“We had to change the way we were doing things,” Bell said of the rationing program. “But it looks, weather-wise, like we’ve come through and we still have a couple tons left.”
That’s not all PubWorks has done for the small municipality. Bell said the township is experiencing a rash of new development, and heavy trucks hauling construction materials were using one of their roads as a shortcut. When PubWorks revealed the abnormal amounts of time and material required to maintain that rural, two-lane road, the township acted to limit heavy truck traffic on the route and save taxpayer dollars.
“We’ve been able to become accountable for information we didn’t even have before,” Bell said. “We have this consultant in here this week, auditing the efficiency of our department. Everything he’s asked me for I’ve been able to pull out of PubWorks. He’s been amazed by it.”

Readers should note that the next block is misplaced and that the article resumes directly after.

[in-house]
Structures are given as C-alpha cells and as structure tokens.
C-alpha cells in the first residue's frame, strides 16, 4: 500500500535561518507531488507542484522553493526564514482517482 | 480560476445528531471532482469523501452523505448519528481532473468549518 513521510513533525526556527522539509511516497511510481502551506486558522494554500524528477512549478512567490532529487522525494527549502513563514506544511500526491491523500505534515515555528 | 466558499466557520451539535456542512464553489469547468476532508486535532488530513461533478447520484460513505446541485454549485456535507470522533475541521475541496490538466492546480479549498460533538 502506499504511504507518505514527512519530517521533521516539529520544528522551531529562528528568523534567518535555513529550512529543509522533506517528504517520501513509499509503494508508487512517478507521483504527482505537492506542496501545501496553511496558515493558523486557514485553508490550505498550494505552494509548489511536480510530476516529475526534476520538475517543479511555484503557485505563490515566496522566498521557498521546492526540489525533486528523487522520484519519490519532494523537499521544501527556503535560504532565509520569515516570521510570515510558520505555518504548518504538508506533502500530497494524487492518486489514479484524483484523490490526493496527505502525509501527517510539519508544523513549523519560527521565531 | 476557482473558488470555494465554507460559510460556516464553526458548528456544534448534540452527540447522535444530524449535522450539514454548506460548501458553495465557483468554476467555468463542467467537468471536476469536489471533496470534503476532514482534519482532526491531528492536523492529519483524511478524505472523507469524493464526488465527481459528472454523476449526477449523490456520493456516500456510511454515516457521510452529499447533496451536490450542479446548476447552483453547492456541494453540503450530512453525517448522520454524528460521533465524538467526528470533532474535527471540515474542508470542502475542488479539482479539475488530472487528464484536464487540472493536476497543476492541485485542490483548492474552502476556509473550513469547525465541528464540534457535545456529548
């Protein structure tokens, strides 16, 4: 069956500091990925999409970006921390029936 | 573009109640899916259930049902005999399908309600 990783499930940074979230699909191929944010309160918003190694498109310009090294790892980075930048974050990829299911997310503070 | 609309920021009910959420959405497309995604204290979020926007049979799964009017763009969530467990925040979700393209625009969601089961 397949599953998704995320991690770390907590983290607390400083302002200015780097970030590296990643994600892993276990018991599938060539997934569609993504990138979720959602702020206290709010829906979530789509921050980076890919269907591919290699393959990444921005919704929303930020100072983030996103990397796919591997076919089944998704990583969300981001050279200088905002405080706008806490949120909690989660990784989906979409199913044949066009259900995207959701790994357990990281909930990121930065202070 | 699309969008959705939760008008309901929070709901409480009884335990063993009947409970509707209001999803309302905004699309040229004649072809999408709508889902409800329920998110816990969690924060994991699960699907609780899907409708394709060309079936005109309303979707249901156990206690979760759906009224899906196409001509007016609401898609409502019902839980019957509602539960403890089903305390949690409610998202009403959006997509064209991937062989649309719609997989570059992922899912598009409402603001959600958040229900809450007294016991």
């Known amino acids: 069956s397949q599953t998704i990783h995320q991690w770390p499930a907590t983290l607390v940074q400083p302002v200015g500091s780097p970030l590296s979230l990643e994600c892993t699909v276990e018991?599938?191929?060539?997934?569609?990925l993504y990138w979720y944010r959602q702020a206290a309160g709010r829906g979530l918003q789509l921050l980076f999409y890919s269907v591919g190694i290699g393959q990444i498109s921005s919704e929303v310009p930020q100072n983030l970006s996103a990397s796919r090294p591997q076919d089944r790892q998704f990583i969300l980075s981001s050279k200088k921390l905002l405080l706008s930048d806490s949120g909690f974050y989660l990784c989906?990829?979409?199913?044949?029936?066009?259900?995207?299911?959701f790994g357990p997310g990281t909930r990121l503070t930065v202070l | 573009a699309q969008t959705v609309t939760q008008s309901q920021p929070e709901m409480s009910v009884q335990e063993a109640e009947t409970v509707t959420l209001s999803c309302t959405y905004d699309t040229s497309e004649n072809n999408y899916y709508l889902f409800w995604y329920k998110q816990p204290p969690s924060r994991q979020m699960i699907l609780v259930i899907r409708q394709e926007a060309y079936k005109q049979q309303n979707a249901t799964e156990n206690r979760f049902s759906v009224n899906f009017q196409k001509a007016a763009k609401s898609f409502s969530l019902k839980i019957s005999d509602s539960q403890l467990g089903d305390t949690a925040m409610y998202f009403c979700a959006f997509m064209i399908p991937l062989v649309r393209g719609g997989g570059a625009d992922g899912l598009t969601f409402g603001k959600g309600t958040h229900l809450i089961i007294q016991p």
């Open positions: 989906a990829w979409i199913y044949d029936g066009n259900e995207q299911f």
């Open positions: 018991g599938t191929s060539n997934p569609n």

A PubWorks user since December 2006, Bell appreciates PubWorks’ customer service. Whenever she has a question, “I always hear back immediately.” Perhaps most importantly, PubWorks gives her a solid grasp of her department’s work.
“Instead of having 10 or 12 Excel spreadsheets tracking different things, (PubWorks) brings it all together at once,” she said.
Boulder County, CO
Ted Plank, road supervisor for the Boulder County Transportation Department in Colorado, said PubWorks “has changed the way we do business. It makes us better educated and better informed as to what it’ll take to make something happen.”
Boulder County ranges from 4,700 feet of elevation on Colorado’s eastern plains to the Continental Divide at over 12,000 feet. Plank sees wide variations in climate and terrain on his 685-mile road network, which includes everything from four-lane highways to rocky, high-clearance Jeep trails.
When Plank estimates the cost of a given project, PubWorks gives him a complete history of all the past comparable jobs so he knows his estimate will be dead-on. He also can spot when costs rise in certain areas, so he can drill down into the numbers to find out why. Mining the PubWorks data has unearthed some gratifying results too.
“We are efficient,” Plank said confidently. “We compare our unit costs to the unit costs we receive on private-sector project bid documents. We can compare apples to apples and see that our costs are lower. For that reason, we can make the decision to do something in-house because we can do it cheaper.”